INTERVIEW: Georgia’s new defence minister says western shift irreversible

By bne IntelliNews May 21, 2015

Monica Ellena in Tbilisi -


For over a week, the vast plain outside Tbilisi has echoed with the heavy rumble of artillery, gunfire, and explosions that accompanied the largest military drill in Georgia’s independent history.

About 600 US and Georgian troops and 16 combat vehicles are engaged in the 'Noble Partner' joint exercises aimed at strengthening the interoperability of the armed forces of the former Soviet republic with Nato forces. But for the newly-installed Minister of Defence Tinatin Khidasheli, equipment and men are not the only important factors.

“[The drill] has a huge political importance for us because every training of this kind makes us believe that the partnership that we have for a number of years…with United States and Nato and European allies continues, grows and gains more strength than ever before,” she told bne IntelliNews in her first interview since her appointment on May 1.

Keeping dialogue open with international partners, including constant training, is essential as “Georgia is isolated and alone cannot solve any of its problems,” the minister argues.


A former ally of Mikheil Saakashvili during the Rose Revolution, Khidasheli later distanced herself from the former president, who is now in self-imposed exile in Ukraine with criminal charges hanging over him in Georgia. In 2005 she joined the Republican Party, which is now part of the current ruling coalition Georgian Dream (GD), and went on to be become the first female Minister of Defence in the former Soviet Union.

For her, like her predecessors, integration with Nato and the European Union, with which Georgia signed key political and trade deals last June, is a one-way ticket and “nothing is going to change that”.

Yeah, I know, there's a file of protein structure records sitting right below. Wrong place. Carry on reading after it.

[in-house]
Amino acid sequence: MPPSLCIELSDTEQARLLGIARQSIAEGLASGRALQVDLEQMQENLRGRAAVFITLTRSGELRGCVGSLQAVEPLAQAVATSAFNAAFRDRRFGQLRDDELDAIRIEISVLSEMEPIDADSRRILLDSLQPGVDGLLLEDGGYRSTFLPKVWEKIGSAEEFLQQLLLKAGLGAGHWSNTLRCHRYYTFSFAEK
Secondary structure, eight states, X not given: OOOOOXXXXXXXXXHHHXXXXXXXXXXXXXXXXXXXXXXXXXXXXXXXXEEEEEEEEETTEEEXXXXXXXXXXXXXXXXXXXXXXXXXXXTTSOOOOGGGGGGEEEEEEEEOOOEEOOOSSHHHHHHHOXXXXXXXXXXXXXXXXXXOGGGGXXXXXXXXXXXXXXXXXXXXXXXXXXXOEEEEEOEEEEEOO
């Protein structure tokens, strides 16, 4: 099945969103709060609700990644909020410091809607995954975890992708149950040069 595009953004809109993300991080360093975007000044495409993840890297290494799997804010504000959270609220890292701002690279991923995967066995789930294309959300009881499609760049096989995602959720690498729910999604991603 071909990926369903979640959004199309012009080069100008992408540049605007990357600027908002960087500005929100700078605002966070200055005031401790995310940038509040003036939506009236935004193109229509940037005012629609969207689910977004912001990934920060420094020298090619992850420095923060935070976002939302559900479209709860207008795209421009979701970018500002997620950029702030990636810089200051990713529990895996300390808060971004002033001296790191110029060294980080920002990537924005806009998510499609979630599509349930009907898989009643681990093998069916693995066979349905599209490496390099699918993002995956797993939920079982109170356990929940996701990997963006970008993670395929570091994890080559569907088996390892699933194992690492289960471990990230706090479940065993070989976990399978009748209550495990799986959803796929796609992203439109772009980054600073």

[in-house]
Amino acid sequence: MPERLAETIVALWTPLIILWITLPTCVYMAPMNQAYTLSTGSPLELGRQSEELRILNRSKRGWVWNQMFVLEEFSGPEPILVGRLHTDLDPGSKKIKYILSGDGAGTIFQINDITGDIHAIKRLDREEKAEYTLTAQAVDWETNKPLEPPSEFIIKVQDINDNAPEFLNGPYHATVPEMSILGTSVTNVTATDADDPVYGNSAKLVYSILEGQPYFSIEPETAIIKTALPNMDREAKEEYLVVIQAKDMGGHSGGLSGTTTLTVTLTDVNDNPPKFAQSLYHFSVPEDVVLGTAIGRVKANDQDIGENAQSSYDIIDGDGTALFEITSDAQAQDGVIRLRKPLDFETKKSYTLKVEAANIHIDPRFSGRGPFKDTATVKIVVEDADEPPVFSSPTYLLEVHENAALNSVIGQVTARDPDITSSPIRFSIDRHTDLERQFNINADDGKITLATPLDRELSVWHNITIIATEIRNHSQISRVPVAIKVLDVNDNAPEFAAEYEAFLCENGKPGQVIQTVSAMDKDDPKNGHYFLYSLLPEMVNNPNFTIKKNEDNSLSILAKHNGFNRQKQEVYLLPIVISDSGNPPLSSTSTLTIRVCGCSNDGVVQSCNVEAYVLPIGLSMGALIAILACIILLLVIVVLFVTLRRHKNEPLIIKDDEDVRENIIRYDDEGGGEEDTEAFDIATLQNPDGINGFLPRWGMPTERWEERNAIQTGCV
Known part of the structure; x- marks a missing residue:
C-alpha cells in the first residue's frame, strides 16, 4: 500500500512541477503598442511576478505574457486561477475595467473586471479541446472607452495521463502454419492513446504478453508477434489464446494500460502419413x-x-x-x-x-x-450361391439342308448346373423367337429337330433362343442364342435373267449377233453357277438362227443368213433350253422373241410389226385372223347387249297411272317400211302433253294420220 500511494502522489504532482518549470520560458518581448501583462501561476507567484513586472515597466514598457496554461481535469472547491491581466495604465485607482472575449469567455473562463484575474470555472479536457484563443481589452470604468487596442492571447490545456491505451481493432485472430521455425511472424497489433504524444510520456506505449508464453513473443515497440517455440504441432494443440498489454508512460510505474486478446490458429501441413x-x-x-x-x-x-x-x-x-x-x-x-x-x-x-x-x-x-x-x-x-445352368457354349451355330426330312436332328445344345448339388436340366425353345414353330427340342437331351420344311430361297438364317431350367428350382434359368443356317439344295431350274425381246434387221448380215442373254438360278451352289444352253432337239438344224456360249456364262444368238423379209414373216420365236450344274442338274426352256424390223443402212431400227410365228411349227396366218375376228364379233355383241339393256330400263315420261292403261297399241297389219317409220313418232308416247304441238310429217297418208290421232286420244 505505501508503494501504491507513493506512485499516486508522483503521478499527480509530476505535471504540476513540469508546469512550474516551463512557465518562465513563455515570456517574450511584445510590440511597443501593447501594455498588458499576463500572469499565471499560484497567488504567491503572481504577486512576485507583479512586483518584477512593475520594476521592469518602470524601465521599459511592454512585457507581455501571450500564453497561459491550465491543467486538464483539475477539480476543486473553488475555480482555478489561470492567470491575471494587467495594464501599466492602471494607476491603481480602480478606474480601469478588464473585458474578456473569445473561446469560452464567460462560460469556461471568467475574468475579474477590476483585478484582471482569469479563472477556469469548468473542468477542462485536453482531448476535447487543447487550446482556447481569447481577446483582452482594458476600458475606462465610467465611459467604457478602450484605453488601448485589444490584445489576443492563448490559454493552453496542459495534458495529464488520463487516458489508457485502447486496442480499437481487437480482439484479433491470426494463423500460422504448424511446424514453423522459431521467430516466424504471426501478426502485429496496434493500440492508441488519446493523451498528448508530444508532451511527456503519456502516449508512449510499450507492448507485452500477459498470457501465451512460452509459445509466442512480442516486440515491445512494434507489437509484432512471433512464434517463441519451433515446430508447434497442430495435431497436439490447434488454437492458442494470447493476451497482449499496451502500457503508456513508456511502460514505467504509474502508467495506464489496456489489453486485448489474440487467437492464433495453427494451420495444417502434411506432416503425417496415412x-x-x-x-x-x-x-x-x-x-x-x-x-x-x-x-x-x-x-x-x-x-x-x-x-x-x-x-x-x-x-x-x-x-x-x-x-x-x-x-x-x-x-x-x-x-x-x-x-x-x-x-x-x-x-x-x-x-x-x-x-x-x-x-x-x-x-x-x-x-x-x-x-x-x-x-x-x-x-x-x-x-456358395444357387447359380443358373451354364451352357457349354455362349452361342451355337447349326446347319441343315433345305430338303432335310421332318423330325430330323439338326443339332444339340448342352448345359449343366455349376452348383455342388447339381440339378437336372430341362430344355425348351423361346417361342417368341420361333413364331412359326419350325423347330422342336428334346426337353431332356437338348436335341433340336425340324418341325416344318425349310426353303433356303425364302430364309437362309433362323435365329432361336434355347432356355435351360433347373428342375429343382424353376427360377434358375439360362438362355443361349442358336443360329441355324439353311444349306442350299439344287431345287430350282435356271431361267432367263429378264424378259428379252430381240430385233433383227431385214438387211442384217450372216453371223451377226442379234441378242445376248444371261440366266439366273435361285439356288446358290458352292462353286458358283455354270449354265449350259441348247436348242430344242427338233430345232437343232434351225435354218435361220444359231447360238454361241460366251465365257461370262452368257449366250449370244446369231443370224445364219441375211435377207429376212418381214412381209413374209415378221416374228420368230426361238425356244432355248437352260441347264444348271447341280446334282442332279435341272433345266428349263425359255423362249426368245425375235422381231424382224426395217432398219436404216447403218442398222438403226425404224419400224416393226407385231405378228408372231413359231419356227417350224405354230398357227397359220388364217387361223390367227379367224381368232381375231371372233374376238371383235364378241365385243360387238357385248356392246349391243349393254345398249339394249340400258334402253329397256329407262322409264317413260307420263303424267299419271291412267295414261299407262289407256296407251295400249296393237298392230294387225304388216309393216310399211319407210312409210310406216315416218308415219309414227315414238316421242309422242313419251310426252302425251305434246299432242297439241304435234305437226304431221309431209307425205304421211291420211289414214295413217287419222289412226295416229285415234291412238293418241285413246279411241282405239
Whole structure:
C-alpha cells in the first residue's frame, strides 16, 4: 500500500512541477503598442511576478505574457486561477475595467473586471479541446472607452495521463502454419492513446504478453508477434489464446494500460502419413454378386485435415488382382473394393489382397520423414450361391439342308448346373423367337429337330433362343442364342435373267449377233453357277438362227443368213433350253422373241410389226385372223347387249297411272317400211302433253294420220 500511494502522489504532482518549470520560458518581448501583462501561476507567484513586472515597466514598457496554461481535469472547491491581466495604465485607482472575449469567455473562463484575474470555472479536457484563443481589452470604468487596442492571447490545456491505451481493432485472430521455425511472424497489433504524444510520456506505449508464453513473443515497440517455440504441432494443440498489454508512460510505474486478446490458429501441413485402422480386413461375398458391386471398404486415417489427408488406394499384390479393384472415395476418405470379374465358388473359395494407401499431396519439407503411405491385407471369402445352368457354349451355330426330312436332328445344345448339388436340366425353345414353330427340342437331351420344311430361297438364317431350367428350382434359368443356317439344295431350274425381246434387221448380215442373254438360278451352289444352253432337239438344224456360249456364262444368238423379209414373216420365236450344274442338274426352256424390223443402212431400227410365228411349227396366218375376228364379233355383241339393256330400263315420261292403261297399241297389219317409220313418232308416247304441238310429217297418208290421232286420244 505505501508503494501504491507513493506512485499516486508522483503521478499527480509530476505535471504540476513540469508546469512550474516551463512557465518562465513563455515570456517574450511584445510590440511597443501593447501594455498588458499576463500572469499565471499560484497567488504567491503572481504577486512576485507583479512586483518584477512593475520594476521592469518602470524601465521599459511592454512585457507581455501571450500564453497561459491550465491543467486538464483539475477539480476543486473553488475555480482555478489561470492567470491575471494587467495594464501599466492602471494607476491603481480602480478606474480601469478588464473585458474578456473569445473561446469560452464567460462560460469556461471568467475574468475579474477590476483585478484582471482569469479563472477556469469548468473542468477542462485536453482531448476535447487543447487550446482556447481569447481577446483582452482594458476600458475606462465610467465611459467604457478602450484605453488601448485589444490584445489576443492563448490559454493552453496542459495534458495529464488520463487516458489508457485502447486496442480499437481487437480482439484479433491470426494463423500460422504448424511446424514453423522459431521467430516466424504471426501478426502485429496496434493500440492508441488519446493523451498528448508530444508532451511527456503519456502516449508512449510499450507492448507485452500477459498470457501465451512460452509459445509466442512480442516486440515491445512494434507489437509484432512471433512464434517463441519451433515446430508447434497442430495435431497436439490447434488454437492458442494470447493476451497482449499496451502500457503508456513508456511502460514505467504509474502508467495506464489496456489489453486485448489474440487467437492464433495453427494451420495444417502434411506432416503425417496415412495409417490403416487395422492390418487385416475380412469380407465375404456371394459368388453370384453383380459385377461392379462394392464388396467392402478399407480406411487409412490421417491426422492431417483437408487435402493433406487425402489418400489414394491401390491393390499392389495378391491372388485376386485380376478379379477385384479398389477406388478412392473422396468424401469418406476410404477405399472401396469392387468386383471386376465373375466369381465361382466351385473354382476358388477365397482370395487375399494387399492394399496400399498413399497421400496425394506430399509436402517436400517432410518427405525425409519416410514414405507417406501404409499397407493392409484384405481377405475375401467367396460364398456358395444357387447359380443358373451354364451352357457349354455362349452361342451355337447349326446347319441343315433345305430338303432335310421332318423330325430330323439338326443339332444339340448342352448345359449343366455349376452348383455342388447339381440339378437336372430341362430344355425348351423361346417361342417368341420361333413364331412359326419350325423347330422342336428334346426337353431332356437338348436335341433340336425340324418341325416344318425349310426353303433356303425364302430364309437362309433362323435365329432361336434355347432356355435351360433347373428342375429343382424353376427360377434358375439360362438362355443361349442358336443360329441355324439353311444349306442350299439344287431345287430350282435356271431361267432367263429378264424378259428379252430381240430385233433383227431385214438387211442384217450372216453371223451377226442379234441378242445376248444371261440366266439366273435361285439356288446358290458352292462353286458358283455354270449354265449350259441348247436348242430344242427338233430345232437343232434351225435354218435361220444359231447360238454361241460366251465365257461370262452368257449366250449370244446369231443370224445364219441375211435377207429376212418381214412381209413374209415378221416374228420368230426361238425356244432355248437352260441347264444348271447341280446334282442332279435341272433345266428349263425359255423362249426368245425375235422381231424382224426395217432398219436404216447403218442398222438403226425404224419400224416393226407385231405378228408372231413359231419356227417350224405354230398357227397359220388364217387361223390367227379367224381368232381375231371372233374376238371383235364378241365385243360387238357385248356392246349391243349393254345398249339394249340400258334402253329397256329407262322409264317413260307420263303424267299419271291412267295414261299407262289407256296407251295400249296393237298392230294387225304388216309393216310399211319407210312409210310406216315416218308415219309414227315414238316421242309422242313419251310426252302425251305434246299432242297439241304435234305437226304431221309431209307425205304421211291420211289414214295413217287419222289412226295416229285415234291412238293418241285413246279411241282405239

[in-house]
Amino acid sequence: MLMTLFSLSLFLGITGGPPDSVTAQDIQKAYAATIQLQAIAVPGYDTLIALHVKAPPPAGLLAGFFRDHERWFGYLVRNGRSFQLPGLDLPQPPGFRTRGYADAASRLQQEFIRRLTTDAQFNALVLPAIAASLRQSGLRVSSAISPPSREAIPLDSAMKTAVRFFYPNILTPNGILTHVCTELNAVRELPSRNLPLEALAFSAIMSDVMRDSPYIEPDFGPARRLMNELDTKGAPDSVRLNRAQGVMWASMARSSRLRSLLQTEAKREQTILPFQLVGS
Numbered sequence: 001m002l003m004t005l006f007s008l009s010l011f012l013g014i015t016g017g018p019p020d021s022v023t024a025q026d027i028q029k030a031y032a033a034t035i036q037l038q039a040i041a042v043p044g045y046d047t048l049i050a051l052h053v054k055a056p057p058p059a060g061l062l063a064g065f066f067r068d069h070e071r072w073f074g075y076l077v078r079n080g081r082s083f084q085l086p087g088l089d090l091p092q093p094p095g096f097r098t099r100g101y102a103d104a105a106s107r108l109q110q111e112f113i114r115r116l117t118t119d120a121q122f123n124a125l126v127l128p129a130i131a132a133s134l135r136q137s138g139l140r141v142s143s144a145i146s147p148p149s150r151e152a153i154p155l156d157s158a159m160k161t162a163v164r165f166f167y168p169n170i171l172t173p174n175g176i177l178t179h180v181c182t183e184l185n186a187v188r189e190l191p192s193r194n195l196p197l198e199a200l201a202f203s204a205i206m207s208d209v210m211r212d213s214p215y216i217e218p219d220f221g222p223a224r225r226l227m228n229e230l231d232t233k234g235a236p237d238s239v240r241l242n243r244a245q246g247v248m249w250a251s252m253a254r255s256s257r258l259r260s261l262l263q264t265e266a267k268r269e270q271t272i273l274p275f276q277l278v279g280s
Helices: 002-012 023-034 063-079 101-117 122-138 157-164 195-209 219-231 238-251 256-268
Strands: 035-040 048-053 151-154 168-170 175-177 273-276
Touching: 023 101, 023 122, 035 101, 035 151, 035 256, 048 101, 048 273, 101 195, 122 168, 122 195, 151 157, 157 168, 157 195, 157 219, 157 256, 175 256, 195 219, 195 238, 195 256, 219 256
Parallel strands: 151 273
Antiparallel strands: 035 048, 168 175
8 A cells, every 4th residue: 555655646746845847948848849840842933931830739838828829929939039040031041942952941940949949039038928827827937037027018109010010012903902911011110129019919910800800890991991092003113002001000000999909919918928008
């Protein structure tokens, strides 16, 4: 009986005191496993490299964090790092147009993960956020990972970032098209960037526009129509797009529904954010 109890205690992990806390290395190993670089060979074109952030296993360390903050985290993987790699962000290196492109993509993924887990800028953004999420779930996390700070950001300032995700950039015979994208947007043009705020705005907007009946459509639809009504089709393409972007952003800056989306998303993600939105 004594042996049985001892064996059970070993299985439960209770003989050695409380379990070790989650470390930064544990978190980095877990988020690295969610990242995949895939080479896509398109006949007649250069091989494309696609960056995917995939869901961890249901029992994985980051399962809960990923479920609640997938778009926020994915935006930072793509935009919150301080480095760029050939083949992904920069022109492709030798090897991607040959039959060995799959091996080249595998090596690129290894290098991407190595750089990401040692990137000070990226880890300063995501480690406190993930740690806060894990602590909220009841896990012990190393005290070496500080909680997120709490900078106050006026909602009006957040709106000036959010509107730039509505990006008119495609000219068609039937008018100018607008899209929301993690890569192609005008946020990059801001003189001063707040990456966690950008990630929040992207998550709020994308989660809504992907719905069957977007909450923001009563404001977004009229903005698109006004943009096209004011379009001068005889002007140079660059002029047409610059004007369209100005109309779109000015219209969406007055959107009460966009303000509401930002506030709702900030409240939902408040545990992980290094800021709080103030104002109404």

Georgia has long hoped to join the military alliance. Nato has already agreed in principle that Georgia should one day become a member, but the process has been delayed by member countries’ reluctance to provoke Russia, which has repeatedly stated that such a move would threaten its security.

The government stressed that the exercises “are not directed against any particular threat”, but the drill inevitably raises the question about the reaction in Russia, whose relations with Tbilisi have been strained since the 2008 war over South Ossetia.

“It’s not for me to guess or speculate what is the reaction in Moscow,” says Khidasheli. “We are not preparing for war, with anybody, [and] any of these activities, whether military trainings or political cooperation with either Nato or European Union, are not against anybody. They are to strengthen this country.”

Nato aspirations

In the 1990s Nato opened a window of opportunity for Tbilisi to reach out to the world beyond what had been the Iron Curtain. But Georgia failed to take it and fell into a spiral of corruption and civil war.

A wave of reforms since 2004 changed the face of the country, and today Georgia ticks all the boxes – accountability, transparency, and democracy – and Georgian troops have built up their combat experience.

In 1999 Georgia joined the Nato-led peacekeeping mission in Kosovo. Later, it sent troops to Iraq and Afghanistan, where, by May 2015, it had 860 troops – the largest per-capita troop contributor and largest non-Nato force sent to the country. Georgian troops also served in the peacekeeping force in the Central African Republic and Mali and the counter-terrorism maritime surveillance operation in the Mediterranean.